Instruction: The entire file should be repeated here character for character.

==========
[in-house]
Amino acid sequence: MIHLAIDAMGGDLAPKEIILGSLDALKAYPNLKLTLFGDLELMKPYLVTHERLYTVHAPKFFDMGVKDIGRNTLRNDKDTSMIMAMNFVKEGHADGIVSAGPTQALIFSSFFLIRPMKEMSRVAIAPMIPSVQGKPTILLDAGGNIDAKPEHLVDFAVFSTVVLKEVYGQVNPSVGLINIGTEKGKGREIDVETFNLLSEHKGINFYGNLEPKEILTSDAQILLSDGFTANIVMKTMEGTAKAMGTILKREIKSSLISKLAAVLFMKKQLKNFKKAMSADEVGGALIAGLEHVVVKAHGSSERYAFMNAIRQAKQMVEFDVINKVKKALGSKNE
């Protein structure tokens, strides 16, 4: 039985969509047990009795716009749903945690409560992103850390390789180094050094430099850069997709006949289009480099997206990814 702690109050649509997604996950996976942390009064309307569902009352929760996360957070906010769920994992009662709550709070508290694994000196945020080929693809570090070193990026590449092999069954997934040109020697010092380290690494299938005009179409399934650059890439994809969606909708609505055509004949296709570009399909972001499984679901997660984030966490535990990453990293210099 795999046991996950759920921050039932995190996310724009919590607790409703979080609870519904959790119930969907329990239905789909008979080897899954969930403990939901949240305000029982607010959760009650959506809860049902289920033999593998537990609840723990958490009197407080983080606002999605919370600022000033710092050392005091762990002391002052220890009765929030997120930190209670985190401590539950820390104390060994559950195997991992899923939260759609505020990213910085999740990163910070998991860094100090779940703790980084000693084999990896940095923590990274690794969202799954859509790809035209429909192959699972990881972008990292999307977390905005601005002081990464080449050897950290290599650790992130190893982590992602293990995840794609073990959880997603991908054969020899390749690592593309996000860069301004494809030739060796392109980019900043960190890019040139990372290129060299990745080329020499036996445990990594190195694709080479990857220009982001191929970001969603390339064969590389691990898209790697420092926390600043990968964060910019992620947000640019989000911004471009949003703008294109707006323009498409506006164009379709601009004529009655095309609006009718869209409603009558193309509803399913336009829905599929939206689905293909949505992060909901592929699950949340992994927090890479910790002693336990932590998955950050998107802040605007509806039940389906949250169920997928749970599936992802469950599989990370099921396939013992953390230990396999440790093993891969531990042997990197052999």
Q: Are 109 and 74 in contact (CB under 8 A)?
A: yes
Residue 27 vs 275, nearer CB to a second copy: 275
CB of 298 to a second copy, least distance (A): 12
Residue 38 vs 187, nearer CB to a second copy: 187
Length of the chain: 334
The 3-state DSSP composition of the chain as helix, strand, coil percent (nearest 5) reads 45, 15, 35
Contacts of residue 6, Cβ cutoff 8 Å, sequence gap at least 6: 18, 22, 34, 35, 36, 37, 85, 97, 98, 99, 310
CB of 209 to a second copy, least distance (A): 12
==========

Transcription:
[in-house]
Amino acid sequence: MIHLAIDAMGGDLAPKEIILGSLDALKAYPNLKLTLFGDLELMKPYLVTHERLYTVHAPKFFDMGVKDIGRNTLRNDKDTSMIMAMNFVKEGHADGIVSAGPTQALIFSSFFLIRPMKEMSRVAIAPMIPSVQGKPTILLDAGGNIDAKPEHLVDFAVFSTVVLKEVYGQVNPSVGLINIGTEKGKGREIDVETFNLLSEHKGINFYGNLEPKEILTSDAQILLSDGFTANIVMKTMEGTAKAMGTILKREIKSSLISKLAAVLFMKKQLKNFKKAMSADEVGGALIAGLEHVVVKAHGSSERYAFMNAIRQAKQMVEFDVINKVKKALGSKNE
């Protein structure tokens, strides 16, 4: 039985969509047990009795716009749903945690409560992103850390390789180094050094430099850069997709006949289009480099997206990814 702690109050649509997604996950996976942390009064309307569902009352929760996360957070906010769920994992009662709550709070508290694994000196945020080929693809570090070193990026590449092999069954997934040109020697010092380290690494299938005009179409399934650059890439994809969606909708609505055509004949296709570009399909972001499984679901997660984030966490535990990453990293210099 795999046991996950759920921050039932995190996310724009919590607790409703979080609870519904959790119930969907329990239905789909008979080897899954969930403990939901949240305000029982607010959760009650959506809860049902289920033999593998537990609840723990958490009197407080983080606002999605919370600022000033710092050392005091762990002391002052220890009765929030997120930190209670985190401590539950820390104390060994559950195997991992899923939260759609505020990213910085999740990163910070998991860094100090779940703790980084000693084999990896940095923590990274690794969202799954859509790809035209429909192959699972990881972008990292999307977390905005601005002081990464080449050897950290290599650790992130190893982590992602293990995840794609073990959880997603991908054969020899390749690592593309996000860069301004494809030739060796392109980019900043960190890019040139990372290129060299990745080329020499036996445990990594190195694709080479990857220009982001191929970001969603390339064969590389691990898209790697420092926390600043990968964060910019992620947000640019989000911004471009949003703008294109707006323009498409506006164009379709601009004529009655095309609006009718869209409603009558193309509803399913336009829905599929939206689905293909949505992060909901592929699950949340992994927090890479910790002693336990932590998955950050998107802040605007509806039940389906949250169920997928749970599936992802469950599989990370099921396939013992953390230990396999440790093993891969531990042997990197052999």
Q: Are 109 and 74 in contact (CB under 8 A)?
A: yes
Residue 27 vs 275, nearer CB to a second copy: 275
CB of 298 to a second copy, least distance (A): 12
Residue 38 vs 187, nearer CB to a second copy: 187
Length of the chain: 334
The 3-state DSSP composition of the chain as helix, strand, coil percent (nearest 5) reads 45, 15, 35
Contacts of residue 6, Cβ cutoff 8 Å, sequence gap at least 6: 18, 22, 34, 35, 36, 37, 85, 97, 98, 99, 310
CB of 209 to a second copy, least distance (A): 12